Monday, May 21, 2012

Lapbooking Ideas

By: Tabitha Carro

Teachers Pay Teachers Storefront: Flapjack Educational Resources  

Have you given lapbooks a try in your classroom yet? A lapbook is a file folder with mini-books pasted inside it. Lapbooks are great to use with students to help organize information, to review skills/vocabularies, as culminating activities, as research projects, etc. 

Lapbooking with whole classes takes more organization and planning than if completed with individual students, but, if done effectively, the project will successfully engage students in creative, hands-on, learning activities. Click  Lapbooks in the Classroom to see more details on lapbooking and how to incorporate them in classrooms. One practiced tip is to encourage parents or school staff members to donate used file folders instead of purchasing new ones. By the time the file folders are covered in mini-books and construction paper, students will not be able to tell whether they are new or used.  

As a Spanish, partial-immersion teacher, the focus is on three subjects: math, science, and Spanish. Here are some lapbooks students have been completed from each of those subjects:  


After several months of covering math concepts and skills, such as graphing, division, multiplication, and multi-digit subtraction and addition, students made monster-themed mathematics lapbooks. The lapbooks were graded for accuracy and understanding of skills. The templates made with design programs, created by the author, are optional. A simple Google search of lapbooking templates provides plenty of options for creating subject-specific mini-books. Click the link for free templates to get started with lapbooks.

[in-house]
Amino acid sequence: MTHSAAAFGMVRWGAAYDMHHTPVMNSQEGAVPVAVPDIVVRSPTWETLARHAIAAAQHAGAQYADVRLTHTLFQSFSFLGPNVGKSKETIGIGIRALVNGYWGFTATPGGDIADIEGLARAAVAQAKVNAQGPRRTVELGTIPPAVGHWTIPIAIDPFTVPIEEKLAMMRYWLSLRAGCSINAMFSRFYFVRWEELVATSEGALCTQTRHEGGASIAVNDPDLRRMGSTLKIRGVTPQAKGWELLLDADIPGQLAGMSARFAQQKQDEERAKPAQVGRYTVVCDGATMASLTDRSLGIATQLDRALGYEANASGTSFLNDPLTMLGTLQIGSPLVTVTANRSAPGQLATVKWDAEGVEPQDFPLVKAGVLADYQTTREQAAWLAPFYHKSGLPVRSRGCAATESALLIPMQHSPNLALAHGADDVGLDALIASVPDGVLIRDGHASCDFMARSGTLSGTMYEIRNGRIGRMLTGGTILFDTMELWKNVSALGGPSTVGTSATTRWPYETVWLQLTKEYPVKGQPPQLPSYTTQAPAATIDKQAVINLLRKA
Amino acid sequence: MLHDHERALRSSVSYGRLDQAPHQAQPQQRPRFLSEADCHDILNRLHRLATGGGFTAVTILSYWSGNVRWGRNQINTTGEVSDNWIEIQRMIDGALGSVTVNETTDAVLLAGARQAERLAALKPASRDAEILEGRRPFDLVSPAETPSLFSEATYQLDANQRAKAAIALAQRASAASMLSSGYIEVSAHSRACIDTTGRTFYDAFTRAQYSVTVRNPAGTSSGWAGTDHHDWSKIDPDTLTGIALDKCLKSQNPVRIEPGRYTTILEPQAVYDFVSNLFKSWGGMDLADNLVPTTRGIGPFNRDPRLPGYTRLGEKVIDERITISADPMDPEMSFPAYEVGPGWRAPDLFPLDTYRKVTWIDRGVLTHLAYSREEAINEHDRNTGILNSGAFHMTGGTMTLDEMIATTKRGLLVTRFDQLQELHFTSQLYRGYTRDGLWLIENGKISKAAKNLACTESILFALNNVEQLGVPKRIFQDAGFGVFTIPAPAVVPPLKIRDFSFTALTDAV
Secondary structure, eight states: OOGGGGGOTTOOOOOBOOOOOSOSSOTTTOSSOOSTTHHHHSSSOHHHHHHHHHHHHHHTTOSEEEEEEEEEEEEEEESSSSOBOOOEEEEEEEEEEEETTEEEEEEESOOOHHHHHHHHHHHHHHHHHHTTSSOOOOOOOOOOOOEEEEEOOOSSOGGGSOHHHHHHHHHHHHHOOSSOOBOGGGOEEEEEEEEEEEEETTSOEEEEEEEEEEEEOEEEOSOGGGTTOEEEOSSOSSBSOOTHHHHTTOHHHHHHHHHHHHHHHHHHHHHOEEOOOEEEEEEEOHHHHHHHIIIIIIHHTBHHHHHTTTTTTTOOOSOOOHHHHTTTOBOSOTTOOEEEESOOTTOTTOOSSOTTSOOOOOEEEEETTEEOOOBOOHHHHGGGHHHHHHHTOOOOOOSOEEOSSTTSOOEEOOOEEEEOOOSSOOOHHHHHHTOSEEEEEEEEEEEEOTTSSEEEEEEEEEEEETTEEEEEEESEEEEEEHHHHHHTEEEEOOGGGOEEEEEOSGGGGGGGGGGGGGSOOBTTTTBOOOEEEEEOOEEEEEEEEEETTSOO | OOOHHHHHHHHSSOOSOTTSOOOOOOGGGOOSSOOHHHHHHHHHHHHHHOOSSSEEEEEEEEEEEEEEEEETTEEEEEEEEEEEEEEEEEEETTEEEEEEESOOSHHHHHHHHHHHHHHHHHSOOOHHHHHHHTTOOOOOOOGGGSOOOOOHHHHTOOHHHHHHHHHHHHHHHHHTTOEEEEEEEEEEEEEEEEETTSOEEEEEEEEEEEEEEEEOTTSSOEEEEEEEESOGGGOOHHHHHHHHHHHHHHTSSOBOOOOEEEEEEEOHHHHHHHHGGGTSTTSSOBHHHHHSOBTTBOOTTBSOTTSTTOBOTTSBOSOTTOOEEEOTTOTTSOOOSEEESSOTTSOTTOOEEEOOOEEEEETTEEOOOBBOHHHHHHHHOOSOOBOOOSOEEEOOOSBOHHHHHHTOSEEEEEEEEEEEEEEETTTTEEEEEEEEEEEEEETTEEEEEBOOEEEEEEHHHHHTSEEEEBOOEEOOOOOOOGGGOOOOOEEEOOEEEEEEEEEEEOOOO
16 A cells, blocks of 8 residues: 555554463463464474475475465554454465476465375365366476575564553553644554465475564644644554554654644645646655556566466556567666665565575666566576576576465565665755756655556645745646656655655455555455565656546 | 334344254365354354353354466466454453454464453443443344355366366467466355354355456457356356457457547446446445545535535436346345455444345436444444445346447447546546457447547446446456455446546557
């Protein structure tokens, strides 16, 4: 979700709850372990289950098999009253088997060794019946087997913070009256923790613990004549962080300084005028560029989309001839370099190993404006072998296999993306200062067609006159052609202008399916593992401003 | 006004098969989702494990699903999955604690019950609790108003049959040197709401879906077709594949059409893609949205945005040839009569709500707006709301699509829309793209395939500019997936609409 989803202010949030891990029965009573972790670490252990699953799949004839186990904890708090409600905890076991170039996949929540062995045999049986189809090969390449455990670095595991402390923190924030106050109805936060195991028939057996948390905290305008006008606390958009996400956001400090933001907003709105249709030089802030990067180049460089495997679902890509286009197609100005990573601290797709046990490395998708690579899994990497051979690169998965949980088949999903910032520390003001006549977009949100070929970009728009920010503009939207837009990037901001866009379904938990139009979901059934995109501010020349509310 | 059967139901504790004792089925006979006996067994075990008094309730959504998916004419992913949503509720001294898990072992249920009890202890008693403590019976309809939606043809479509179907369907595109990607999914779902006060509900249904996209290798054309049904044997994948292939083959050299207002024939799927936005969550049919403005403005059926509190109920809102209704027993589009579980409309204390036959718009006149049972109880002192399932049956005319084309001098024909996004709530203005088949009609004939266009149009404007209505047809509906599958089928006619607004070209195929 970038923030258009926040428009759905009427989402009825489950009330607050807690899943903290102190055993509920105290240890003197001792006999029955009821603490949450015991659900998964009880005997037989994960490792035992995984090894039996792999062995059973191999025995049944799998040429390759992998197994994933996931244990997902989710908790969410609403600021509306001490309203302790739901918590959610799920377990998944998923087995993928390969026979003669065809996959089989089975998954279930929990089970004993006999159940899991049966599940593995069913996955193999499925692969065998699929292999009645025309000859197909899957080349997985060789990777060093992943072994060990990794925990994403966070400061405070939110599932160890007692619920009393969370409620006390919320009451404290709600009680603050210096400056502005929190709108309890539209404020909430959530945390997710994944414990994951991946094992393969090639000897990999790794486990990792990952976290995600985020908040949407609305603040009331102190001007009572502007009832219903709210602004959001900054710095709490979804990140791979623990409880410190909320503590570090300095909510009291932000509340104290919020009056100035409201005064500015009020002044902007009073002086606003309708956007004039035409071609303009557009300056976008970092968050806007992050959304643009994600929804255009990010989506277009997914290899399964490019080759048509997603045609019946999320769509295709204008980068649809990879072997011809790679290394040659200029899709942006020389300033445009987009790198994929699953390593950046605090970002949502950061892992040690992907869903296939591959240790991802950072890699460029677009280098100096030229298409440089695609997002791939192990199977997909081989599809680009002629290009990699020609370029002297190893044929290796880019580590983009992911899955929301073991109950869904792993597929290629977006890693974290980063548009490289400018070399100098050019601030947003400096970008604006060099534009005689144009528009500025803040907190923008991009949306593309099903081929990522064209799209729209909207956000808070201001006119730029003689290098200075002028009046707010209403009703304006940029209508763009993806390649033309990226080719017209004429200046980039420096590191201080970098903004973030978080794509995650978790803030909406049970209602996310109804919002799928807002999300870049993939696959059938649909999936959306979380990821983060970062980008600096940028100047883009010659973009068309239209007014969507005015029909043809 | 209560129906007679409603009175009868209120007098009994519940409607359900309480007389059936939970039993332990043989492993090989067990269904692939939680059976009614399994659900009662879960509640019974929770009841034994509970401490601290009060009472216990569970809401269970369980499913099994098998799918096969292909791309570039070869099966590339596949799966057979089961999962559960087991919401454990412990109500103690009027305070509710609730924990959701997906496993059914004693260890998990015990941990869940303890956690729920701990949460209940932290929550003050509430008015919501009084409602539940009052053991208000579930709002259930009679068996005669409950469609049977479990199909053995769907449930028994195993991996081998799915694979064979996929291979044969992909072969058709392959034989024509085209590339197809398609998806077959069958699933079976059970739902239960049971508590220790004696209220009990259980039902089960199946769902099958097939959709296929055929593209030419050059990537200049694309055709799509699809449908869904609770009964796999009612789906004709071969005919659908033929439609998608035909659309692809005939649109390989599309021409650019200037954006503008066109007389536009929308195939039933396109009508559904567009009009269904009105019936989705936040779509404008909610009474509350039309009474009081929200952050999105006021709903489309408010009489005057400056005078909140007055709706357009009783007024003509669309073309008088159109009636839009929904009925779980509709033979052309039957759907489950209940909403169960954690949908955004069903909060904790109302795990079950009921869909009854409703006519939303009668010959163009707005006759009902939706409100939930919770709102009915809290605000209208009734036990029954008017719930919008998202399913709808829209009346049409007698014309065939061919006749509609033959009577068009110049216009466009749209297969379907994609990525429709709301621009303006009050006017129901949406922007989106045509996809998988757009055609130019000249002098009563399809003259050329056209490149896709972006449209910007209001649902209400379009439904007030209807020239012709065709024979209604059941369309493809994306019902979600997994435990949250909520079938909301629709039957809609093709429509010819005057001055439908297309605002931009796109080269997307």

As a culminating activity for an organisms unit, students chose organisms and presented research on their subjects using various mini-books inside lapbooks. Although some of the required mini-books were provided by the teacher, there was plenty of room for students to create their own, which resulted in unique, individualized lapbooks. The lapbooks were graded using a rubric then posted on the school's hallways for all to see. The lapbooks made a great display!  


Games can be included inside lapbooks and can be used in centers as interactive tools. To practice Spanish vocabulary of the seasons, add Bingo cards and a Concentration game to students' lapbooks. Shape books, with petals that opened and closed, allowed students to quiz one another on specific vocabularies. After students completed their lapbooks, they were given sufficient time to practice Spanish vocabulary words in groups. Then, they played "Around the World" and competed for mastery of their vocabulary words. Although these lapbooks were not graded, an upcoming, whole group competition motivated students to give 100% when creating their lapbooks and studying accompanying vocabulary. A "mystery judge", who was the teacher's husband, chose the top three lapbooks according to most creative and most organized. The three winners of the lapbooks competition received dollars to use in their classroom stores.
How have you used lapbooks in your classroom? Please, share!

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